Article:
Experts protecting Seychelles from parasite that could devastate bees -- and agriculture
The Varroa destructor on honeybee host. (Wikipedia, Public Domain)
(Seychelles News Agency) - Seychelles is receiving help from two experts from the neighbouring island of Reunion to educate beekeepers and relevant local authorities about the threat of varroa mites – a parasite that attacks bees.
The external parasitic mite can bring down a bee colony, reducing the population of bees available to pollinate flowers and produce honey.
The two experts started with a series of workshops on Mahe and Praslin and site visits to beekeepers on the three main islands, including La Digue. They will assist with the planning for the prevention of varroa in Seychelles, as well as conduct training sessions.
“Seychelles is one of the rare places in the world where varroa doesn't exist. Varroa has been colonising the world since the 1970s, arriving in Europe in 1982 and to Reunion in 2017,” said Francois Payet, one of the experts.
Payet is also the president of the union of beekeepers of Reunion – a French-administered department in the Indian Ocean. He said that it is important to protect the islands to prevent contamination.
“Seychelles is a group of small islands and if ever varroa, unfortunately, gets here, bees will disappear from the islands. The islands are so small that if the bees disappear, you will have major trouble when it comes to agriculture,” said Payet.
He said that it will not only affect the production of fruits and vegetables but also the plant biodiversity of the islands, putting under threat endemic species such as the coco de mer. Should varroa be introduced in Seychelles, it will be impossible to eliminate the parasite completely.
“We will need to use pesticides to treat our bees and once we start using pesticides, the quality of our honey will go down and so will the value,” said Gerard Monthy, a research officer at the Seychelles Agricultural Agency.
Though Seychelles is one of two countries in the Indian Ocean – along with Comoros – to be varroa mite free, local authorities and beekeepers are on high alert.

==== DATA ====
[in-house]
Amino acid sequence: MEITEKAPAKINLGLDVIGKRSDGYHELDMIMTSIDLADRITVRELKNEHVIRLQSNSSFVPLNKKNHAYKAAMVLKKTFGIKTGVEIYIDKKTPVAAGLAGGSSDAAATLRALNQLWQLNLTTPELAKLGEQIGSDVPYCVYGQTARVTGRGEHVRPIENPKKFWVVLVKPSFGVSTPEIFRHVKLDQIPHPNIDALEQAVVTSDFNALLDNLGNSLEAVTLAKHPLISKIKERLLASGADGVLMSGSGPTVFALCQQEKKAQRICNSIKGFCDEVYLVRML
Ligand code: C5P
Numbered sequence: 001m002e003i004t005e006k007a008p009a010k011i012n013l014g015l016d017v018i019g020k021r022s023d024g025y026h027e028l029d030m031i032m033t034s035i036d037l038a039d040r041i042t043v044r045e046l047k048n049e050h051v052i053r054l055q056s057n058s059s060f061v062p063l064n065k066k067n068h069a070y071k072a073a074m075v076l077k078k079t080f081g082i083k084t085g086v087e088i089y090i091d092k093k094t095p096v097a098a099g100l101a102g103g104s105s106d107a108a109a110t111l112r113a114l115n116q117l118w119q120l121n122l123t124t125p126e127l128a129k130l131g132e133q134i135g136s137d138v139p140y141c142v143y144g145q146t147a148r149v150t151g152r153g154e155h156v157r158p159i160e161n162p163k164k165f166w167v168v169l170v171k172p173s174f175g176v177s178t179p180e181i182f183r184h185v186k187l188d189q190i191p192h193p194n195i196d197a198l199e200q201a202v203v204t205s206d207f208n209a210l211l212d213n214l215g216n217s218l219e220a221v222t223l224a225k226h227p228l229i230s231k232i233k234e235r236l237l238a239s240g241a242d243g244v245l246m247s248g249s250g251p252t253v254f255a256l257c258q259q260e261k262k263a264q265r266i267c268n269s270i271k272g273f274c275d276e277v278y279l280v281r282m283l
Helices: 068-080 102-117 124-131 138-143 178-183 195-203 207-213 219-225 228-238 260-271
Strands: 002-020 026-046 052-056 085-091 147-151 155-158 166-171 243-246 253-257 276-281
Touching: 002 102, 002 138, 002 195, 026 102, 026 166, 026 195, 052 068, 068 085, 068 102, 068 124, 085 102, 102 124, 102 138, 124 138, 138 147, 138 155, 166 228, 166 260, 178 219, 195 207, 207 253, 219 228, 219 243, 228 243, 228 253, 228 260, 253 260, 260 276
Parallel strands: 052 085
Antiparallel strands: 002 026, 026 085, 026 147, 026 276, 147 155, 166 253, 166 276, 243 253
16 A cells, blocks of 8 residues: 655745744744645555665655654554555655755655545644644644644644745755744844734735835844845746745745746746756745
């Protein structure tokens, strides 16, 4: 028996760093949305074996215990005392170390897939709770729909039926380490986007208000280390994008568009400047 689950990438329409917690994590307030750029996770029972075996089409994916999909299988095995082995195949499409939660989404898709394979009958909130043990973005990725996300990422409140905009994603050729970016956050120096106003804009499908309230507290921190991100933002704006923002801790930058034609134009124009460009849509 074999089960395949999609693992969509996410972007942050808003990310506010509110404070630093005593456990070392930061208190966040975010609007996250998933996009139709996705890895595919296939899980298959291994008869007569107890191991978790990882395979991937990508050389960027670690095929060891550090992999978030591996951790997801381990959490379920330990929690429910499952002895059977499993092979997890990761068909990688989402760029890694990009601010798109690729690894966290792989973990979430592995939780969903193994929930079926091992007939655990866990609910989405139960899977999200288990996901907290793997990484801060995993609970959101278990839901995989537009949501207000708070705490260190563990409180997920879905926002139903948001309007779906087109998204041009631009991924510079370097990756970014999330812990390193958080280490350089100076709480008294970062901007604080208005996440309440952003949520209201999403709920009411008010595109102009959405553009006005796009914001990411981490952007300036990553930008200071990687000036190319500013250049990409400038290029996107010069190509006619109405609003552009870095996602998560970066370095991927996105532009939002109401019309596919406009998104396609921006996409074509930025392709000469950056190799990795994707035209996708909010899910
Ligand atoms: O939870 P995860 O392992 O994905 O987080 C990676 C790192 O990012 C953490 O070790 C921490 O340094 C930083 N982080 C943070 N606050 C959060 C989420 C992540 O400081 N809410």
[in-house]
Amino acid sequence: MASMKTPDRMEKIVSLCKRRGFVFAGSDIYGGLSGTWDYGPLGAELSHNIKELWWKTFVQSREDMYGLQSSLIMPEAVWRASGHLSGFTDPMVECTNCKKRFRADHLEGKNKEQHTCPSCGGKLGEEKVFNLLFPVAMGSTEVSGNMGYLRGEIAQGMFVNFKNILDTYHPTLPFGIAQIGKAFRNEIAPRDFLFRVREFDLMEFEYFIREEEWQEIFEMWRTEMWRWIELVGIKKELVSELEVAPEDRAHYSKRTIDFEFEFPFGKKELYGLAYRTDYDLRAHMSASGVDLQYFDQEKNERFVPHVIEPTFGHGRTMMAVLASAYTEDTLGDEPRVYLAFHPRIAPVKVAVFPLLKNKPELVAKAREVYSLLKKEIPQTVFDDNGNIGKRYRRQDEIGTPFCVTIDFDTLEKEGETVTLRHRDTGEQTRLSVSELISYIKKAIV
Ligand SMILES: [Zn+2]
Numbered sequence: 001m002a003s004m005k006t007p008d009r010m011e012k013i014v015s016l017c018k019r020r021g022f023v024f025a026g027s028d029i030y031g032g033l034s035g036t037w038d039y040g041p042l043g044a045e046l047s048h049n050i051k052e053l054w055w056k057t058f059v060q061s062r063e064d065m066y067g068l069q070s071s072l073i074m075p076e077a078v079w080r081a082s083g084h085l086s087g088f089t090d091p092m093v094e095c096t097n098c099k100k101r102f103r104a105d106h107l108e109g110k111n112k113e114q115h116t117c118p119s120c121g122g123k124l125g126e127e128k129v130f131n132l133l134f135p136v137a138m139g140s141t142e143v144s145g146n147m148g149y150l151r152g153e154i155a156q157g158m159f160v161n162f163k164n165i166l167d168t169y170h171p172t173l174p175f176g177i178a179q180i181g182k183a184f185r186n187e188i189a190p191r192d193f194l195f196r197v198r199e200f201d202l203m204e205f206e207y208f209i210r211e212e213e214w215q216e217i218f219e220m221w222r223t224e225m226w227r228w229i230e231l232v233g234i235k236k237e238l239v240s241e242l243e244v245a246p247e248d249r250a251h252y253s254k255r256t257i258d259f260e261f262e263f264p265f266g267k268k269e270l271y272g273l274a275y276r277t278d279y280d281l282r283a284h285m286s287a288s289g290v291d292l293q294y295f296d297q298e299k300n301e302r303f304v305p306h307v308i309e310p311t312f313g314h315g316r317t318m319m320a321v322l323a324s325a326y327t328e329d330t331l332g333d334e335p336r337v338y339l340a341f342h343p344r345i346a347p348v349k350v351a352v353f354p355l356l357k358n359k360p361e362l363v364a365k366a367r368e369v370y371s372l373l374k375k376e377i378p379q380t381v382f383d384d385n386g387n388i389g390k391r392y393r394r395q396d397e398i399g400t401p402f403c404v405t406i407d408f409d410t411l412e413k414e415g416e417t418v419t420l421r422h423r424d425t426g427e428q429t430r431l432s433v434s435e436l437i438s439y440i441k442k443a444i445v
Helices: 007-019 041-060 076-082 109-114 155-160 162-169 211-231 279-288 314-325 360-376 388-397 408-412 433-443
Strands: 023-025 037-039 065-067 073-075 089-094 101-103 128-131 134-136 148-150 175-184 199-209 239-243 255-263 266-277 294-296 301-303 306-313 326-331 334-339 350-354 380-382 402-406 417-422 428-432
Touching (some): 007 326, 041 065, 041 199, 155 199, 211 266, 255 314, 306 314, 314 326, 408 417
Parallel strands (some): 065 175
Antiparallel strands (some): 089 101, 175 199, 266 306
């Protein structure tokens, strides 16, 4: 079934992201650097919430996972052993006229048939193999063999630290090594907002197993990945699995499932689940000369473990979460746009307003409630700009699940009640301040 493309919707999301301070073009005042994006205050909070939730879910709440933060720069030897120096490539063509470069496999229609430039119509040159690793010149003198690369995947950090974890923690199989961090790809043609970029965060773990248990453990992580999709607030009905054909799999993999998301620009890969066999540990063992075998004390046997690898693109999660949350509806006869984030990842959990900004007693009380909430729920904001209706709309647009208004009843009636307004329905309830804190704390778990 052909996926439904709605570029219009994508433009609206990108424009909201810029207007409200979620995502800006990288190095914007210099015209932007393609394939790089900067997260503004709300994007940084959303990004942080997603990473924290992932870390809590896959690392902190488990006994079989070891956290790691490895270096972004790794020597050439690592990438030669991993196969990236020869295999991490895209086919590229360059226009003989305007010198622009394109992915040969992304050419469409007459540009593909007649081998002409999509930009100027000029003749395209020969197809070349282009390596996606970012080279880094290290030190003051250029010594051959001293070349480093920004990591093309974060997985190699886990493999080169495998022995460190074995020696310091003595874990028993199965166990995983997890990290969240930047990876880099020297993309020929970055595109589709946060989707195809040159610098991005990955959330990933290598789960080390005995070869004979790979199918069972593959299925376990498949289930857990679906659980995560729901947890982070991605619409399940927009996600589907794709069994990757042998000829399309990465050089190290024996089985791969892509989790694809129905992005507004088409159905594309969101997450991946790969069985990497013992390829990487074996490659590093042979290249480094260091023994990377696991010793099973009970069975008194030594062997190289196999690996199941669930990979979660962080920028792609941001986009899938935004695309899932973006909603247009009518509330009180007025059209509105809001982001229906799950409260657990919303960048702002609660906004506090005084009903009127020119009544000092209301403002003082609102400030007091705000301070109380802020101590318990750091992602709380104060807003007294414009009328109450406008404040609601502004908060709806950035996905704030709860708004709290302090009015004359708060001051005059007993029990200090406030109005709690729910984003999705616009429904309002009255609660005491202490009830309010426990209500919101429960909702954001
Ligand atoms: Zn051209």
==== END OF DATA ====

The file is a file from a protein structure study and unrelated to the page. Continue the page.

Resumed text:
The workshops and visits are part of an action plan that a committee - comprising of representatives from the Ministry of Agriculture and Fisheries and the National Biosecurity Agriculture, Seychelles Agricultural Agency and beekeepers – is putting together.
“The aim of the workshop is to sensitise people about varroa and the importance of not importing bees into the country. Not only the bees but also the hives which contains the larva because should varroa get into the country, we are done for,” said Arthur Toule-Thilathier, a local beekeeper.
|A local beekeeper -- Arthur Toule-Thilathier. (Salifa Karapetyan, Seychelles News Agency) Photo License: CC-BY|
The chief plant biosecurity officer at the National Biosecurity Agency, Keven Nancy, told SNA that legal action will be taken against people who do not follow biosecurity measures in place. He added that under ‘The Animal and Biosecurity Act 2014’, the agency has the power to enter a farm and destroy hives that are contaminated.
The experts will also show beekeepers and relevant authorities how to detect varroa and manage a varroa surveillance network and possible eradication in case of incursion.
“Beekeepers and the authority need to work hand in hand to protect the island. From what we have seen from our site visits, you are not ready. In Reunion, we thought that we were ready. We had worked for 10 years and spread the word among beekeepers and yet, varroa entered the country,” said Payet.
Varroa was discovered in Reunion last year and despite drastic measures, the spread was inevitable.